Managing Firewalld on CentOS/RHEL 7 – start/stop/status-check

Hey, I’m new here and unable to manage my Firewall daemon on my server/VPS. The OS is reloaded with latest CentOS 7.

Yeah, it’s a little bit new, managing services on CentOS/RHEL 7 servers. The daemon for iptables is firewalld and it’s not listed under the directory, /etc/init.d. But we can simply manage this feature from the location/script “/bin/systemctl.” Here I’m explaining the commands to manage, which includes start/stop/status for the firewall daemon on the CentOS 7 server.

We already discussed about the basics of Iptables in linux. We can call, it’s the basics of Firewall for Linux. Iptables is a rule based firewall system and it is normally pre-installed on a Unix operating system which is controlling the incoming and outgoing packets. By-default the iptables is running without any rules, we can create, add, edit rules into it.For more details, please check this tutorial >> What is iptables in Linux <<

These instructions are intended specifically for managing firewalld CentOS/RHEL 7.

How to start Firewalld service on CentOS 7 server?

When I execute the default command, I’m getting the following error:

[[email protected] ~]# service iptables start
Redirecting to /bin/systemctl start  iptables.service
Failed to issue method call: Unit iptables.service failed to load: No such file or directory.

Here is the solution. Please do follow the commands pasted below to manage Firewalld on your latest CentOS 7 servers.

To start Firewalld

systemctl start firewalld

To enable Firewalld

Which means, to ensure firewalld starts automatically at system start, enter the following command as root:

systemctl enable firewalld

To stop Firewalld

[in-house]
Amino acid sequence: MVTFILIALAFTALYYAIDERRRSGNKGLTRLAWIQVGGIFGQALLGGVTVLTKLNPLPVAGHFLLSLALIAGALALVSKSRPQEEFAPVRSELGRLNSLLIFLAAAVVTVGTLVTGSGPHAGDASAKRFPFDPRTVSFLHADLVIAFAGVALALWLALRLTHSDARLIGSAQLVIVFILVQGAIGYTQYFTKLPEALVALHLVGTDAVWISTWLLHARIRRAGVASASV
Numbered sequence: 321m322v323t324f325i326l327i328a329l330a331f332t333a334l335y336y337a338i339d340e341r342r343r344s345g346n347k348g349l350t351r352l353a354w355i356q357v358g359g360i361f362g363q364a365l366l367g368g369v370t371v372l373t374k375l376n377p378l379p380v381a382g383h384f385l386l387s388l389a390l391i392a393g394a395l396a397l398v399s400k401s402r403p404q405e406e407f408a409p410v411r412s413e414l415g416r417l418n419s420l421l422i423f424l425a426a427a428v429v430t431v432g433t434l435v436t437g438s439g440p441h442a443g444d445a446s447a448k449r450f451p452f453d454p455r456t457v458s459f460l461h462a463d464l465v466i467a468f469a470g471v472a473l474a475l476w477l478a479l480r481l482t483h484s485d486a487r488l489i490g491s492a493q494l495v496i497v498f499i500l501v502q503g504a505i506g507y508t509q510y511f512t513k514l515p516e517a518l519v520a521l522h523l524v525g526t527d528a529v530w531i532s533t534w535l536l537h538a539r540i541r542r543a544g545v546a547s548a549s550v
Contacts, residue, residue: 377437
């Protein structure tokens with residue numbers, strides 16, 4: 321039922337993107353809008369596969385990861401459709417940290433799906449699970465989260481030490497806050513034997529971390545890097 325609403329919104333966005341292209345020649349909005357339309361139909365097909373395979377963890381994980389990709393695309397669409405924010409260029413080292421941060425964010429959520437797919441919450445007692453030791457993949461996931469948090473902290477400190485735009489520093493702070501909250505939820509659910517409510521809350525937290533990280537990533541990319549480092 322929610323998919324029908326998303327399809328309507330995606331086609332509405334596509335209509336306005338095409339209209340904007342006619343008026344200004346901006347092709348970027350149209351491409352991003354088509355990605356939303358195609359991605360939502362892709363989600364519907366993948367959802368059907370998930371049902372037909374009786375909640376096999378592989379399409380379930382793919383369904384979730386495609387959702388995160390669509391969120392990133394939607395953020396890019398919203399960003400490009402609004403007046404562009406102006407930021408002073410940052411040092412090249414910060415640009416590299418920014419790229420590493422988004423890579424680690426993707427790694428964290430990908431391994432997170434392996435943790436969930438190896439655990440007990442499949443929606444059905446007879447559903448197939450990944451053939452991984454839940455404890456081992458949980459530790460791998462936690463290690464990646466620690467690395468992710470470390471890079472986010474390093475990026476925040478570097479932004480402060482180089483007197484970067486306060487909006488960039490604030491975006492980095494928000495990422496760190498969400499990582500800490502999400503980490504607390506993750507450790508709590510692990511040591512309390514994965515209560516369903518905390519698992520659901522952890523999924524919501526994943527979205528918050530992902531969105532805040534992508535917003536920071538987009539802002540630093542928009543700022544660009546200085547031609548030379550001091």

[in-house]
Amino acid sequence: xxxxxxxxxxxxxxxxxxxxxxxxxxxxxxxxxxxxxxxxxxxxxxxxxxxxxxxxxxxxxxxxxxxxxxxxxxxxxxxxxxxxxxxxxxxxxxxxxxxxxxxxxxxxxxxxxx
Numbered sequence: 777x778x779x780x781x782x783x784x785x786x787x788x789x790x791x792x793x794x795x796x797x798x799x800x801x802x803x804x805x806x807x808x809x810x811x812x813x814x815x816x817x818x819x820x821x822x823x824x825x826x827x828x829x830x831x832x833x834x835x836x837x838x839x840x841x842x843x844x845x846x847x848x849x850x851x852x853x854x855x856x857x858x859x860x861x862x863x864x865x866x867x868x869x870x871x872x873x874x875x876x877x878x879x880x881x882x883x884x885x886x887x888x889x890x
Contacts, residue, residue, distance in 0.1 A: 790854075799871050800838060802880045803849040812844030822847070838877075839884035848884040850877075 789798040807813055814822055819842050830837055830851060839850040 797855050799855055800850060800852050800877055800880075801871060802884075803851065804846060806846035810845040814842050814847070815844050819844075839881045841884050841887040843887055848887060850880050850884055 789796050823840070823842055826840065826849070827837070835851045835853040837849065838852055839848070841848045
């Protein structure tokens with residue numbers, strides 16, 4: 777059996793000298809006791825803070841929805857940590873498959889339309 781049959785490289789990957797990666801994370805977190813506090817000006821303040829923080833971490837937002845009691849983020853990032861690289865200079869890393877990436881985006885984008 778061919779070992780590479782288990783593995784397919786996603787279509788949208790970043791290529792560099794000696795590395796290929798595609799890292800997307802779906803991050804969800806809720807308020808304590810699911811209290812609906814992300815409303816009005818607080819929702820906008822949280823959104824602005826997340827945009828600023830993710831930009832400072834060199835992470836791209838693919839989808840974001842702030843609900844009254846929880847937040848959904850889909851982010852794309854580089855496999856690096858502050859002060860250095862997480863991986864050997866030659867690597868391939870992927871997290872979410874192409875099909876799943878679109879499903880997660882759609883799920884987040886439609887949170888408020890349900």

systemctl stop firewalld

To disable Firewalld

Which means, to prevent firewalld from starting automatically at system start, issue the following command as root:

systemctl disable firewalld

Okay, then, how to check the status of Firewalld on a server?

Yeah, this is also simple. Please log into the server as root and issue the following command:

systemctl status firewalld

That’s it!!

See the sample output:

[[email protected] ~]# systemctl status firewalld
firewalld.service - firewalld - dynamic firewall daemon
   Loaded: loaded (/usr/lib/systemd/system/firewalld.service; disabled)
   Active: active (running) since Tue 2016-04-05 09:58:01 EDT; 23min ago
 Main PID: 2915 (firewalld)
   CGroup: /system.slice/firewalld.service
           └─2915 /usr/bin/python -Es /usr/sbin/firewalld --nofork --nopid

Apr 05 09:58:01 systemd[1]: Started firewalld - dynamic firewall daemon.

Arunlal Ashok

Linux Server Administrator. I'm dealing with Linux servers since 2012. I started this blog to share and discuss my ideas with the world. Check My Profile!! in uPwork (oDesk) and let me know if you need any assistance. Thanks!!

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